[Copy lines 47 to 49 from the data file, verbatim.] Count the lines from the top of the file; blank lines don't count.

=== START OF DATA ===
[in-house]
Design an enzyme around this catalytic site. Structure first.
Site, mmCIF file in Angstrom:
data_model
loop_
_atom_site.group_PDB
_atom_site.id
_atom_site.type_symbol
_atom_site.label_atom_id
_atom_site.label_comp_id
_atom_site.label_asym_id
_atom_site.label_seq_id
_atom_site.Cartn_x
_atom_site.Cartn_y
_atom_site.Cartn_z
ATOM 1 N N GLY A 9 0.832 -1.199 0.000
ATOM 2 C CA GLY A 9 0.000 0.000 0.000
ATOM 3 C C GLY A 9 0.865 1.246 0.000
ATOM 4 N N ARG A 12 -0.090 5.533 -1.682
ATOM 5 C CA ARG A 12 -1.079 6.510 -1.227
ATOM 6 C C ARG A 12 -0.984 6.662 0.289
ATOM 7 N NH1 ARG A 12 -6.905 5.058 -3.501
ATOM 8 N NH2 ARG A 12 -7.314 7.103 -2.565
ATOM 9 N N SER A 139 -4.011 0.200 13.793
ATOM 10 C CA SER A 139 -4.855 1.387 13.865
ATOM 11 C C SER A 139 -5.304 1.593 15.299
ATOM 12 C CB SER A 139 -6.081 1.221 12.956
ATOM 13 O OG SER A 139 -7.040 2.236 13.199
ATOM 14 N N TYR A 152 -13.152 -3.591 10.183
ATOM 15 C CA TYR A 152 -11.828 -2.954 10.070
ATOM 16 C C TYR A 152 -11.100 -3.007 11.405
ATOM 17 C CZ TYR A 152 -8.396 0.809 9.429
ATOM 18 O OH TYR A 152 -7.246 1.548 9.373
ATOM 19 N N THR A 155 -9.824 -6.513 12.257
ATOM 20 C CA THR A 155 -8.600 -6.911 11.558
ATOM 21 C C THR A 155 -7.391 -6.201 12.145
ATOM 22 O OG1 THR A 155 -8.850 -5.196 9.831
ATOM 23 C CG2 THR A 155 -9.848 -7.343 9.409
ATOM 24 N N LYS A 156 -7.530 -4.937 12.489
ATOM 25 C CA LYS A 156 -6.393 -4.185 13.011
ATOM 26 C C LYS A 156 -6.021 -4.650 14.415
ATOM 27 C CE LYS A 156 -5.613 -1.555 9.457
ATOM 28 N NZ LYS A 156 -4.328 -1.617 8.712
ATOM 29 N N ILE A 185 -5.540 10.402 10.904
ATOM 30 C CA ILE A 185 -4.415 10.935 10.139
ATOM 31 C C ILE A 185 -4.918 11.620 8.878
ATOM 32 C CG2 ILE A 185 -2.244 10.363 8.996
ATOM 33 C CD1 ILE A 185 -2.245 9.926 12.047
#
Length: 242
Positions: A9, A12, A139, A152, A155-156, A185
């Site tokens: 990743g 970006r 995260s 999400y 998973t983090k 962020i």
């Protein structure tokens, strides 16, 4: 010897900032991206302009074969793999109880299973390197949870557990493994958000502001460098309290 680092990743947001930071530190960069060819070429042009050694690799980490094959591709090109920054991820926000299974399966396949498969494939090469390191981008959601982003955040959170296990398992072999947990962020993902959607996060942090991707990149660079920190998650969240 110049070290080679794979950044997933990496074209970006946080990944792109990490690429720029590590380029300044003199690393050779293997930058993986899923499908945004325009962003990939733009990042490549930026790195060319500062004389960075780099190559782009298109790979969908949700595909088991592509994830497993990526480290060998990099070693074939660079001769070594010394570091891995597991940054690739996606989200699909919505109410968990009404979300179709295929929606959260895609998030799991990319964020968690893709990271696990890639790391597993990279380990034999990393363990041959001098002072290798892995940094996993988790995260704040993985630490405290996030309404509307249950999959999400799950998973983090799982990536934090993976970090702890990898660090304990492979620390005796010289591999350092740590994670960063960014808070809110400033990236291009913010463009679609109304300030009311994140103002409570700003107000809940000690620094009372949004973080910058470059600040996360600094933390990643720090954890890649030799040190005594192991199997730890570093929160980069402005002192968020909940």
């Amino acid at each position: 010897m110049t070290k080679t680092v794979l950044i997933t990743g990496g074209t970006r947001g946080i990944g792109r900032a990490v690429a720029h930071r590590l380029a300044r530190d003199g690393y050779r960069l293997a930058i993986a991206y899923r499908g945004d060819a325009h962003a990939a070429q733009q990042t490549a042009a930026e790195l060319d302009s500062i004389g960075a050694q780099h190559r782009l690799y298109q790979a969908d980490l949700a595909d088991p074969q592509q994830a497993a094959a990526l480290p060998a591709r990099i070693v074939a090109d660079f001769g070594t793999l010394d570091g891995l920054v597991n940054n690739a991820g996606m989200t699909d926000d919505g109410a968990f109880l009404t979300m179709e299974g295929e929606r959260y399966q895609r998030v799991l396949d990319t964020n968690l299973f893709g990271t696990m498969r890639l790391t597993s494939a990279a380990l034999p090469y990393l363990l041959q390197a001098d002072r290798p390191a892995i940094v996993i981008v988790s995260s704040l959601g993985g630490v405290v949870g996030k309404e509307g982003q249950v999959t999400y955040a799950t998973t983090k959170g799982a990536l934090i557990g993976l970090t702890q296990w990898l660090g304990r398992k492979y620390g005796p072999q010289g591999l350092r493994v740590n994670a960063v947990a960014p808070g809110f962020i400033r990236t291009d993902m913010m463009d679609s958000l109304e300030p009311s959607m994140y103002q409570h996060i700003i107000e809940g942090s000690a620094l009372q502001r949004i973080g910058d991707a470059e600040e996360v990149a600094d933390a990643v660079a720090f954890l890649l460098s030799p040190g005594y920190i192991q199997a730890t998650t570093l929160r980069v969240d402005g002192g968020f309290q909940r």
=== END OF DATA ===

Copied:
ATOM 32 C CG2 ILE A 185 -2.244 10.363 8.996
ATOM 33 C CD1 ILE A 185 -2.245 9.926 12.047
#